top of page


I am sometimes asked what the difference is between a behavior consultant and a trainer. They are close siblings but different processes. Behavior consulting employs training but the reverse is not true.

Training involves getting an animal to perform a behavior when asked. Good training for pets involves coaching others to be able to elicit that same response. Behavior consulting requires that we look at as many factors as possible – medical, environmental, past behavior and experiences, and more - to understand behavior that is being exhibited and (if appropriate) figure out how to modify it.

“Behavior consulting is like putting the pieces of a puzzle together,” is my fall back explanation.

I enjoy doing jigsaw puzzles. I find them meditative. I can’t multitask. I have to focus on finding matching patterns and shapes. Recently, I was finishing up a puzzle and my well-worn comparison of puzzles to behavior consulting came to mind. As I turned it around in my brain, I realized that both jigsaw puzzles and behavior consulting require more than “just” putting the pieces of a puzzle together.

I have a strategy when it comes to puzzles. Doesn’t everyone?! There is more than one way to tackle a puzzle. Some more efficient than others. But you settle on the approach that makes the most sense for your brain.

I start with the frame. The nice thing about starting this way is that all the pieces have something in common – a straight edge. So, the frame comes together pretty quickly. From there, I can decide on which area I should focus next. Maybe it’s a distinct color pattern or a specific part of a picture that is easy to piece together. I sift through all the pieces to find those that might fit in this specific area, match up those that do, and eliminate those that don’t.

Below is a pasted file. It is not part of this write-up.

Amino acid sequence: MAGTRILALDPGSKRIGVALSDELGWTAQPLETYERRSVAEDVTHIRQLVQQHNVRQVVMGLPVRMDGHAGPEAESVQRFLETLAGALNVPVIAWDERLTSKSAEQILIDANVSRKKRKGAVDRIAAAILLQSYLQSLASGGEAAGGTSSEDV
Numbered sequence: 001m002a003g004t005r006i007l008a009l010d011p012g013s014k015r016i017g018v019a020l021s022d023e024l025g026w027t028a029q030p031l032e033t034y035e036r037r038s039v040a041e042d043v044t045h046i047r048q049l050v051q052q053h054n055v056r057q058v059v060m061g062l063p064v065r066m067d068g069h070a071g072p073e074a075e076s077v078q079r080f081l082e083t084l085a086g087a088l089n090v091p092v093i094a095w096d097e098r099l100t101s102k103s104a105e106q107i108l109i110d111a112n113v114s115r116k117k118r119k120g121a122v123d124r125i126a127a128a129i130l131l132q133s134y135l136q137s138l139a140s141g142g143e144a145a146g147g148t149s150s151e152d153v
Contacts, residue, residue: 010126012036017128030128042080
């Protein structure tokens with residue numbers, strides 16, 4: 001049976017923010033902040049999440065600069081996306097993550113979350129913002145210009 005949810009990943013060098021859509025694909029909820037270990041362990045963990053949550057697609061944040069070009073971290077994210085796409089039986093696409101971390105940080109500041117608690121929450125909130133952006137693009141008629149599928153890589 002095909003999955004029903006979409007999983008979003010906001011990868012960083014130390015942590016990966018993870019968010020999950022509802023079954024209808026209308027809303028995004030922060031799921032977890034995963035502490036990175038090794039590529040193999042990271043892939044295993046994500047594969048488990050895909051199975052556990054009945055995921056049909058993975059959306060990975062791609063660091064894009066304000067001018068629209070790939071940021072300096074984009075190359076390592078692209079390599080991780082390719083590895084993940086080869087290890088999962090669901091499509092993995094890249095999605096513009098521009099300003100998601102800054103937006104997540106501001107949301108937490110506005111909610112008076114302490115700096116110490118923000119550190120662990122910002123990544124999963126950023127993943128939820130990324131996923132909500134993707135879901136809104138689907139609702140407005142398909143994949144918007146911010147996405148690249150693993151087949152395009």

For the most part, I stick to one area, finish it, and then move on. But if I happen to find an “easy fit” elsewhere in the puzzle, I put that piece where it belongs and set it aside for later. Same thing for two random pieces that magically fit together even though I wasn’t trying to match them. I don’t want to lose them back in the pile of all the pieces that don’t yet make sense to me.

Some puzzles are hard. Colors are just a shade different or bleed together. The shapes of pieces are similar. Patterns repeat with only the subtlest of differences. If I stare too long at the pieces, I stop seeing how they might fit.

I have found that I do my best work when I have fresh eyes, so I’ve developed a ritual of setting a time limit for how long I will work at a puzzle in one sitting. I set my timer for 15 or 20 or 30 minutes and accomplish what I can in that time. It never fails that when I come back to a puzzle after being away from it for a day, I see an obvious fit that I missed before. And then I can build on that success for the session.

There comes a point, usually halfway through finishing a puzzle – sometimes more – when pieces start to fall into place easily and quickly. The rest of the picture helps me see what is missing and where the pieces need to go.

But then, invariably, the last few dozen pieces are stubborn. I don’t know if I get over-confident or over-tired, but I hit a roadblock. It takes me a bit to find the one or two pieces that I need to have fall into place so that I can make sense of the remaining spaces. This is usually one of those times when I walk away so that I can come back later with fresh eyes.

Once that last piece falls into place and the picture is complete, I savor the accomplishment. The bigger the puzzle, the longer I leave it sitting there to enjoy the beauty that resulted from my focused work. A day or maybe a few, but then I put it away and move on to the challenge of the next puzzle.


bottom of page